Hatha yoga improves cognitive performance in older adults
Washington: A new study has claimed that 'hatha yoga' helps in increasing brain function amongst older adults.
According to the researchers, practicing hatha yoga three times a week for eight weeks improved sedentary older adults' performance on cognitive tasks that were relevant to everyday life.
The findings involved 108 adults between the ages of 55 and 79 years of age, 61 of whom attended hatha yoga classes. The others met for the same number and length of sessions and engaged in stretching and toning exercises instead of yoga.
At the end of the eight weeks, the yoga group was speedier and more accurate on tests of information recall, mental flexibility and task-switching than it had been before the intervention. The stretching-and-toning group saw no significant change in cognitive performance over time. The differences seen between the groups were not the result of differences in age, gender, social status or other demographic factors, the research team reported.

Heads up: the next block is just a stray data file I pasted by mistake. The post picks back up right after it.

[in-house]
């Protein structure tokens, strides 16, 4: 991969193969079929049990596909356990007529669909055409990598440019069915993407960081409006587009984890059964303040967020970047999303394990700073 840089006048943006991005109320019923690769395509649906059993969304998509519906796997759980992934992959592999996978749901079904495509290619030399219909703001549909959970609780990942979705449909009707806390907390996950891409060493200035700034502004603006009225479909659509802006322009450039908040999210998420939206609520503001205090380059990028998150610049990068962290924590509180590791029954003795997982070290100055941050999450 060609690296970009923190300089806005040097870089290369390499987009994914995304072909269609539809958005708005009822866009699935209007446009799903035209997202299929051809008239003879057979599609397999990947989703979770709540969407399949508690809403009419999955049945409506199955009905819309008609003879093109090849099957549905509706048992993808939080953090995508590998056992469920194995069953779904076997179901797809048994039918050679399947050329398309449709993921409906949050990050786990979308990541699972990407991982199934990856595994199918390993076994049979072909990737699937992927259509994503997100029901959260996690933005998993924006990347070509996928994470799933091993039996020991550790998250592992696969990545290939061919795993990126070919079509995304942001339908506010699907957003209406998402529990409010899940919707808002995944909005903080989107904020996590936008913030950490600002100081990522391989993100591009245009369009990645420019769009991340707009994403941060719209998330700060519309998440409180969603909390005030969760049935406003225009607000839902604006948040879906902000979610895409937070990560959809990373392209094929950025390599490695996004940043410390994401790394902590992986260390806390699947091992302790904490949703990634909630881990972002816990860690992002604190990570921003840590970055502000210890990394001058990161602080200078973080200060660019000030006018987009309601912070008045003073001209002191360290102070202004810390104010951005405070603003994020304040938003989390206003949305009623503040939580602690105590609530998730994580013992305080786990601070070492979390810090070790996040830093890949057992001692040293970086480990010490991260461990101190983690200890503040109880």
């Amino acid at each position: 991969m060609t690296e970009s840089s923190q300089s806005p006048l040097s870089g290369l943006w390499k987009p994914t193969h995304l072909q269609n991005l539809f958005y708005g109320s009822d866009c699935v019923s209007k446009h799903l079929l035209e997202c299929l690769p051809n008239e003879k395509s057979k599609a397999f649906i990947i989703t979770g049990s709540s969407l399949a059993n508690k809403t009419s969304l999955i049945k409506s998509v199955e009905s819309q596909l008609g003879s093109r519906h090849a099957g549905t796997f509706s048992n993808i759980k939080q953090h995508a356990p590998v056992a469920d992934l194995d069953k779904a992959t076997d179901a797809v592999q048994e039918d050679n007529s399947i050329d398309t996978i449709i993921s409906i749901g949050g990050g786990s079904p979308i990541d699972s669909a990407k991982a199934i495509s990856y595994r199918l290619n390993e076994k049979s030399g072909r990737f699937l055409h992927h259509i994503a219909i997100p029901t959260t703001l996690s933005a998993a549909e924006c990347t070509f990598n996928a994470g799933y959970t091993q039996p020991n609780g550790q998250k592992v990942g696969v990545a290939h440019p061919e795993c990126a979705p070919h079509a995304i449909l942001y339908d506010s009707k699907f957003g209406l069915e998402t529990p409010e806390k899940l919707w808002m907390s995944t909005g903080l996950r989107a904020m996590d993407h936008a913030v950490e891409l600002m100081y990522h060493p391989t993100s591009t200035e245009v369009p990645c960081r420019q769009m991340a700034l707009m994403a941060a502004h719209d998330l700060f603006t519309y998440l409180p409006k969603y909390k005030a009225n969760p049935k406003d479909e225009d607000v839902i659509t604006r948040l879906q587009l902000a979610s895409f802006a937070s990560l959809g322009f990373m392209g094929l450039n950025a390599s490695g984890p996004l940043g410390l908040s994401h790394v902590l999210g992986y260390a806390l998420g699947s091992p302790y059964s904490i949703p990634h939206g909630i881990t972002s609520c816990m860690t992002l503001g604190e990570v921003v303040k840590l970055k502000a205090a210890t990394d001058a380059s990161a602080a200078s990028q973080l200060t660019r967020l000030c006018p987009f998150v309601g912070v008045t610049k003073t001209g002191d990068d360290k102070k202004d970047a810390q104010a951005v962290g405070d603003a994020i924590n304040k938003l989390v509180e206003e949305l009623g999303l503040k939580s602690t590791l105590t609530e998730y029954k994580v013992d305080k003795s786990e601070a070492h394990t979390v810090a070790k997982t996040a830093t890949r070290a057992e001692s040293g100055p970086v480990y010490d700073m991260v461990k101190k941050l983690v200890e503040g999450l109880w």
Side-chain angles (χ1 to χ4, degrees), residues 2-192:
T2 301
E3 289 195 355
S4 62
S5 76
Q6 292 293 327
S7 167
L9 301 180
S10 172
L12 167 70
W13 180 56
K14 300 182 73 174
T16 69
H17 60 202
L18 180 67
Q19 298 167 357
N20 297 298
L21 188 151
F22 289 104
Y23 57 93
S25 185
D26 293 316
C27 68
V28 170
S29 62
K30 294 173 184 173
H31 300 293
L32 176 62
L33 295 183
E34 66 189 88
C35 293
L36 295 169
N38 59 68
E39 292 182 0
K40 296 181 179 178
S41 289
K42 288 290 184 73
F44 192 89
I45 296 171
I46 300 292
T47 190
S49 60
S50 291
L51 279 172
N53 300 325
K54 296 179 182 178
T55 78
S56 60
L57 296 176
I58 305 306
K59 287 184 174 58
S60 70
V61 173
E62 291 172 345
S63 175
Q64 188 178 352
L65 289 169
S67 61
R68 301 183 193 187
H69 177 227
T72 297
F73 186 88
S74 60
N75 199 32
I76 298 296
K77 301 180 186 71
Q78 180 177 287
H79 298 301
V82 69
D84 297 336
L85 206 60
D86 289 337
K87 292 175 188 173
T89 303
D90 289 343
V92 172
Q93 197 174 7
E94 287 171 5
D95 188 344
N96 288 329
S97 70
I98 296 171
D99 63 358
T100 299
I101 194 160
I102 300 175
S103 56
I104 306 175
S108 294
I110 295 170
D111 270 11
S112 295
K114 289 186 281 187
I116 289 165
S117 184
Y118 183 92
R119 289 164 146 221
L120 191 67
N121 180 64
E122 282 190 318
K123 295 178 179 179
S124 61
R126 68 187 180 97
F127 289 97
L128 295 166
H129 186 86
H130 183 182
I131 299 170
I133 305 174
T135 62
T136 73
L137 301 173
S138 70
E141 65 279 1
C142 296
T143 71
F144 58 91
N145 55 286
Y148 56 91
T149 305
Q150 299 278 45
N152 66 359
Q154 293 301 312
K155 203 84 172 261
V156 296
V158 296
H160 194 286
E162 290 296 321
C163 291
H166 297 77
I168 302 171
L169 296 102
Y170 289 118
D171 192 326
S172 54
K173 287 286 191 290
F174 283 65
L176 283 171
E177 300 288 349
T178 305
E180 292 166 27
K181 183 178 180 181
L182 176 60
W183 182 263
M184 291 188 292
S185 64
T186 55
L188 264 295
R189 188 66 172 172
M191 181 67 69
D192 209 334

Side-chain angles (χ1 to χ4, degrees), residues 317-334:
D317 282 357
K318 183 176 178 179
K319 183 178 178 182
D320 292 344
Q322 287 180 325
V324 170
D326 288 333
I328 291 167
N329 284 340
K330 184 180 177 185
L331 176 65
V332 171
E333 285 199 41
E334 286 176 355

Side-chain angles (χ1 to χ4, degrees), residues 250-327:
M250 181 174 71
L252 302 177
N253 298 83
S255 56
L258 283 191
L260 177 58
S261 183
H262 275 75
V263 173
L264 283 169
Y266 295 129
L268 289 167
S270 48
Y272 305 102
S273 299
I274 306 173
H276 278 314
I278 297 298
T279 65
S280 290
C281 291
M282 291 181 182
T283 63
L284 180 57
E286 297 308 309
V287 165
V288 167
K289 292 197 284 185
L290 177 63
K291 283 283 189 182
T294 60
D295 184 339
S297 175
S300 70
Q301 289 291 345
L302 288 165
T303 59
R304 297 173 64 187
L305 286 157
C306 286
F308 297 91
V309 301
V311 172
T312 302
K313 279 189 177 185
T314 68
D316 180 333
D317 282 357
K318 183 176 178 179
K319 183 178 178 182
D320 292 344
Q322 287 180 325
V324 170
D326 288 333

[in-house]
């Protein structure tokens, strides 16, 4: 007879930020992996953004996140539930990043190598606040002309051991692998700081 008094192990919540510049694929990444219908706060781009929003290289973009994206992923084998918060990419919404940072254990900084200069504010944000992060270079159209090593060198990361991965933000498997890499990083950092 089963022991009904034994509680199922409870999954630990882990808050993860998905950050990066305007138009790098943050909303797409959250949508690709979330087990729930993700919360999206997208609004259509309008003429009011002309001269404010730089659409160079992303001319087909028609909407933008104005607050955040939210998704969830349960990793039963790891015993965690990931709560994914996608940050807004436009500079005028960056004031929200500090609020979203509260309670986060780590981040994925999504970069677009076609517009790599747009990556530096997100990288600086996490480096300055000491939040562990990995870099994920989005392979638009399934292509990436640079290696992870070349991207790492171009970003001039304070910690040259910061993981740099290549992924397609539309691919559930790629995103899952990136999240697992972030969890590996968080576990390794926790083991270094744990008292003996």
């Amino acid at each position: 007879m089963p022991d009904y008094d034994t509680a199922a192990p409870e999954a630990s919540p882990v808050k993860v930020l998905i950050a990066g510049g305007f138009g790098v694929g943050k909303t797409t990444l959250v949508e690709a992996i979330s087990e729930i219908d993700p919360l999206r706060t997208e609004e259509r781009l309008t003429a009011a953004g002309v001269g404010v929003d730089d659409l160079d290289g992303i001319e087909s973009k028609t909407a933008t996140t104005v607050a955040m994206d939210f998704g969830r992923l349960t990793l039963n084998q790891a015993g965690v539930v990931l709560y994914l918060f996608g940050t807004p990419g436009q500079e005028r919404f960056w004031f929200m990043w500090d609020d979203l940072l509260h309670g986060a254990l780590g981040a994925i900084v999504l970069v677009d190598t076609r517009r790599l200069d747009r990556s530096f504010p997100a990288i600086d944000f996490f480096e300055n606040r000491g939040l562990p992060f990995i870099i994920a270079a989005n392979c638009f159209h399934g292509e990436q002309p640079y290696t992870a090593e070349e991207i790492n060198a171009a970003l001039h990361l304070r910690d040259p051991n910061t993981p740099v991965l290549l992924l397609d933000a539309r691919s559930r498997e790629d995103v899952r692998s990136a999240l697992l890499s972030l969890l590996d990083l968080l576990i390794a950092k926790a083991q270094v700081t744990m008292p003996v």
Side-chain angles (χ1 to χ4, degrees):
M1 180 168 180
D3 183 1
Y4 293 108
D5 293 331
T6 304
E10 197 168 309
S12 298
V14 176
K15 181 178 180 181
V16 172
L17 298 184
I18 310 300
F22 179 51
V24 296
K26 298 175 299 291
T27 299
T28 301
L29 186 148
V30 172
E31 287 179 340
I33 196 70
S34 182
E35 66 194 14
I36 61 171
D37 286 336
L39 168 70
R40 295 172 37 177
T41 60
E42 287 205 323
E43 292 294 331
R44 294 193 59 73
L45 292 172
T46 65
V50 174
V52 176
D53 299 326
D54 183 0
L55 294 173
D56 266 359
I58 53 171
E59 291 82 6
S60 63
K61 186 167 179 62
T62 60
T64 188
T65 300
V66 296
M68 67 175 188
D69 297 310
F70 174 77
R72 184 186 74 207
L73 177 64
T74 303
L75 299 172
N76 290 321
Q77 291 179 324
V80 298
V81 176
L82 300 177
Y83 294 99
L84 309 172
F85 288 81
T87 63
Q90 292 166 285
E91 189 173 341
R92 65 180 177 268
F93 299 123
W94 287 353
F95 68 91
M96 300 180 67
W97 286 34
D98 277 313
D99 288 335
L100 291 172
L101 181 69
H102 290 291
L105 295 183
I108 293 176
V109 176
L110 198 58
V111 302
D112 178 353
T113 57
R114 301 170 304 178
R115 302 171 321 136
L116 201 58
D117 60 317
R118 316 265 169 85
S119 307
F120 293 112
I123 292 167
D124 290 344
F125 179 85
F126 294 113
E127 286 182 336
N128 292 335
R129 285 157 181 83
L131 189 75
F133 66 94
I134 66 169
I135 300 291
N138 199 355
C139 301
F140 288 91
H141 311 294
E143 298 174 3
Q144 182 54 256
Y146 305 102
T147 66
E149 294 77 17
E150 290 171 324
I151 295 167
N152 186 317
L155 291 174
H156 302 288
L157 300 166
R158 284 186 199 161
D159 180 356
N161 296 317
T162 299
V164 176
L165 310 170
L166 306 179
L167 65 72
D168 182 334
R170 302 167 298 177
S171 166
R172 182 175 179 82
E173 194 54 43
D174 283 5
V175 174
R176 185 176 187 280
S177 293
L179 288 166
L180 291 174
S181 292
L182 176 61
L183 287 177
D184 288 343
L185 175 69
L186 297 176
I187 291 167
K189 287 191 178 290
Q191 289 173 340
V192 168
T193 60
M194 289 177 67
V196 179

Hatha yoga is an ancient spiritual practice that involves meditation and focused breathing while an individual moves through a series of stylized postures, explained Neha Gothe, who led the study with University of Illinois professor Edward McAuley.
The studies suggest that yoga has an immediate quieting effect on the sympathetic nervous system and on the body's response to stress, she added.
The results of the study are only preliminary and involve a fairly short-term intervention, the researchers said. Further research is needed to confirm the results and reveal the underlying brain mechanisms at play.